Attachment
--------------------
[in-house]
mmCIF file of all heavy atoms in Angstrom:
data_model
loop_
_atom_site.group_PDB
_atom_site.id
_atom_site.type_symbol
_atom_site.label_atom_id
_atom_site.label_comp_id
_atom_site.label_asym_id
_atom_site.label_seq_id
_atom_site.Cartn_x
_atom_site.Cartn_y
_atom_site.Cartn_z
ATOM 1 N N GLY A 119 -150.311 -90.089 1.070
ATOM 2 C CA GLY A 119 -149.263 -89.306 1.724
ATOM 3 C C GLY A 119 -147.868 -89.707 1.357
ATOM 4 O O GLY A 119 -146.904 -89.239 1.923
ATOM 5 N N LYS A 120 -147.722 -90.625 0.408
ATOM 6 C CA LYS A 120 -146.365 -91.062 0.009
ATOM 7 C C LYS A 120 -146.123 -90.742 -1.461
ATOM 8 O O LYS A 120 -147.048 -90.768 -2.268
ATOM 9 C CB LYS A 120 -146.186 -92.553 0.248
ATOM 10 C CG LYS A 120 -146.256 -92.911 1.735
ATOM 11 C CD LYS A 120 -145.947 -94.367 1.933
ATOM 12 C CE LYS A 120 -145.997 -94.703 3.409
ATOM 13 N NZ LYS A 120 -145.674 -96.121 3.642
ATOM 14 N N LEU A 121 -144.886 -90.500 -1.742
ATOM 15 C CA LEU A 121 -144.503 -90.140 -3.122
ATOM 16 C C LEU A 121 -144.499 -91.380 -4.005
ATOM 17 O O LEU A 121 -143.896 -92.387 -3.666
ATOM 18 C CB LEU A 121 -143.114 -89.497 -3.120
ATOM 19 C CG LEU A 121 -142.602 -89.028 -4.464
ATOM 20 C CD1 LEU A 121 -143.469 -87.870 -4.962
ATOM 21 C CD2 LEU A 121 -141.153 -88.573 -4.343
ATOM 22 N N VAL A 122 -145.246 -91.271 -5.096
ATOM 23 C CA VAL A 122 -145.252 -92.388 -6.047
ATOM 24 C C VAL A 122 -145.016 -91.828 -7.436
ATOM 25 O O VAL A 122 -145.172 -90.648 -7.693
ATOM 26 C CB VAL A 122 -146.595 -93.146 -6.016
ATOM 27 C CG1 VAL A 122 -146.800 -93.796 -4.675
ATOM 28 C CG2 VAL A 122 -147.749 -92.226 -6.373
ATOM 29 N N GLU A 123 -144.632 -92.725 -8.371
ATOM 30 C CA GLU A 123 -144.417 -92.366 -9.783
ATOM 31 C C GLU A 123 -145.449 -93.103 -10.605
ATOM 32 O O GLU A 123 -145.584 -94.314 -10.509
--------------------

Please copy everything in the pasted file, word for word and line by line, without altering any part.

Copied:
[in-house]
mmCIF file of all heavy atoms in Angstrom:
data_model
loop_
_atom_site.group_PDB
_atom_site.id
_atom_site.type_symbol
_atom_site.label_atom_id
_atom_site.label_comp_id
_atom_site.label_asym_id
_atom_site.label_seq_id
_atom_site.Cartn_x
_atom_site.Cartn_y
_atom_site.Cartn_z
ATOM 1 N N GLY A 119 -150.311 -90.089 1.070
ATOM 2 C CA GLY A 119 -149.263 -89.306 1.724
ATOM 3 C C GLY A 119 -147.868 -89.707 1.357
ATOM 4 O O GLY A 119 -146.904 -89.239 1.923
ATOM 5 N N LYS A 120 -147.722 -90.625 0.408
ATOM 6 C CA LYS A 120 -146.365 -91.062 0.009
ATOM 7 C C LYS A 120 -146.123 -90.742 -1.461
ATOM 8 O O LYS A 120 -147.048 -90.768 -2.268
ATOM 9 C CB LYS A 120 -146.186 -92.553 0.248
ATOM 10 C CG LYS A 120 -146.256 -92.911 1.735
ATOM 11 C CD LYS A 120 -145.947 -94.367 1.933
ATOM 12 C CE LYS A 120 -145.997 -94.703 3.409
ATOM 13 N NZ LYS A 120 -145.674 -96.121 3.642
ATOM 14 N N LEU A 121 -144.886 -90.500 -1.742
ATOM 15 C CA LEU A 121 -144.503 -90.140 -3.122
ATOM 16 C C LEU A 121 -144.499 -91.380 -4.005
ATOM 17 O O LEU A 121 -143.896 -92.387 -3.666
ATOM 18 C CB LEU A 121 -143.114 -89.497 -3.120
ATOM 19 C CG LEU A 121 -142.602 -89.028 -4.464
ATOM 20 C CD1 LEU A 121 -143.469 -87.870 -4.962
ATOM 21 C CD2 LEU A 121 -141.153 -88.573 -4.343
ATOM 22 N N VAL A 122 -145.246 -91.271 -5.096
ATOM 23 C CA VAL A 122 -145.252 -92.388 -6.047
ATOM 24 C C VAL A 122 -145.016 -91.828 -7.436
ATOM 25 O O VAL A 122 -145.172 -90.648 -7.693
ATOM 26 C CB VAL A 122 -146.595 -93.146 -6.016
ATOM 27 C CG1 VAL A 122 -146.800 -93.796 -4.675
ATOM 28 C CG2 VAL A 122 -147.749 -92.226 -6.373
ATOM 29 N N GLU A 123 -144.632 -92.725 -8.371
ATOM 30 C CA GLU A 123 -144.417 -92.366 -9.783
ATOM 31 C C GLU A 123 -145.449 -93.103 -10.605
ATOM 32 O O GLU A 123 -145.584 -94.314 -10.509